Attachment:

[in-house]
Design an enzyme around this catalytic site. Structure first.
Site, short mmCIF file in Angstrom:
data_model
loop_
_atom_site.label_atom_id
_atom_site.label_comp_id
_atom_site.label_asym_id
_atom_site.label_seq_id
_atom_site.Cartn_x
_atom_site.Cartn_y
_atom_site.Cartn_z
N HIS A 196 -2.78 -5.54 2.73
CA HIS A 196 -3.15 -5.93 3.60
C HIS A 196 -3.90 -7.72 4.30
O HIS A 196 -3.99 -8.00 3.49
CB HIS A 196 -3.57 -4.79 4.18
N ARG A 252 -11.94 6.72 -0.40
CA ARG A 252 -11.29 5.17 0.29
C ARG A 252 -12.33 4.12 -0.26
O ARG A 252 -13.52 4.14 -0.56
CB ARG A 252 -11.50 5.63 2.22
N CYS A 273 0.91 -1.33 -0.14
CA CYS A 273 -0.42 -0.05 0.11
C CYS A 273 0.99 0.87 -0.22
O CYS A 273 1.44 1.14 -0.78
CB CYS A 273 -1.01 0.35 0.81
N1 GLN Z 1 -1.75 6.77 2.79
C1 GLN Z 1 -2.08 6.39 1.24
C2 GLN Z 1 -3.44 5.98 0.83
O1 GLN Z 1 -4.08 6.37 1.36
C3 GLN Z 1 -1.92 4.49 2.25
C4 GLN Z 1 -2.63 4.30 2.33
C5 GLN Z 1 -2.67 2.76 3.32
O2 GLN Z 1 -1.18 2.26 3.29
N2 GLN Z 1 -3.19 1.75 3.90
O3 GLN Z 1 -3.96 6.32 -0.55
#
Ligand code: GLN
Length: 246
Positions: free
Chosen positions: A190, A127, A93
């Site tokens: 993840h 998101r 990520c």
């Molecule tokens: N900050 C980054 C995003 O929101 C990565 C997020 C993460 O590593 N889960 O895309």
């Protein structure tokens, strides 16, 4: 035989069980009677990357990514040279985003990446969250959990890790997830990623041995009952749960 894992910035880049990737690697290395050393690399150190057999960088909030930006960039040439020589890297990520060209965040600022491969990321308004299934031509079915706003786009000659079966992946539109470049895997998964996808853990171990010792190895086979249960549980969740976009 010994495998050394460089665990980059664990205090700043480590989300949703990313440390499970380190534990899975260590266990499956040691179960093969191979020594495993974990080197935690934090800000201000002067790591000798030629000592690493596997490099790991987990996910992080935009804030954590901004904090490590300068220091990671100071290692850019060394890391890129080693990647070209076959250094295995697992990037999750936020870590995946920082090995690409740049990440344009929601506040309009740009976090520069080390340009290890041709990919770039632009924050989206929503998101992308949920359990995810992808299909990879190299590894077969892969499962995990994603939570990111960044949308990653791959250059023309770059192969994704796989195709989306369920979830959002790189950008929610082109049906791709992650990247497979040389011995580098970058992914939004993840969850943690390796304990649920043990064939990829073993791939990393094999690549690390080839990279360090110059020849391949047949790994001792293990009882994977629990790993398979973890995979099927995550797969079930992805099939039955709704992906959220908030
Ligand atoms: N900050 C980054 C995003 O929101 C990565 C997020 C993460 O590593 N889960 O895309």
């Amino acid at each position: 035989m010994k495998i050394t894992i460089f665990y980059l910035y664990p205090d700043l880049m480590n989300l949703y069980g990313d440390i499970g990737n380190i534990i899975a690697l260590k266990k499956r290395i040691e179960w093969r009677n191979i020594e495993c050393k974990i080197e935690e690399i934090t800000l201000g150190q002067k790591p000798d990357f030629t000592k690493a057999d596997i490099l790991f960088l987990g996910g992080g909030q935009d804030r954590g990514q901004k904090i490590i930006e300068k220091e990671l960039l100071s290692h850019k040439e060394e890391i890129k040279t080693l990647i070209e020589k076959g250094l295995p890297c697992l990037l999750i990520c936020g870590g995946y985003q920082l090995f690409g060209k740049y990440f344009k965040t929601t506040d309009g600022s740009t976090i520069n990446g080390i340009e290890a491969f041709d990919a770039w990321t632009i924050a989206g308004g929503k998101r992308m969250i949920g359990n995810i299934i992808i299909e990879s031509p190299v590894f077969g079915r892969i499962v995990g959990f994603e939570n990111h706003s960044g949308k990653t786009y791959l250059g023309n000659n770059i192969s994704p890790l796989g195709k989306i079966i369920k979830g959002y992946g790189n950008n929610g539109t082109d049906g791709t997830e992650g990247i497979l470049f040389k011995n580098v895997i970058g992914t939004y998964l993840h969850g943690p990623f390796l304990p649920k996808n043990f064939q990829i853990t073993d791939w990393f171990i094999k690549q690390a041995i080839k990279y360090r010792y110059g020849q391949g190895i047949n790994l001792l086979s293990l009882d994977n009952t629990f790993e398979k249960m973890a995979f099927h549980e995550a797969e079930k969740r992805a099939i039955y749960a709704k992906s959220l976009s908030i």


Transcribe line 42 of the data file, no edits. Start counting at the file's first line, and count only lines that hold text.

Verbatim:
Chosen positions: A190, A127, A93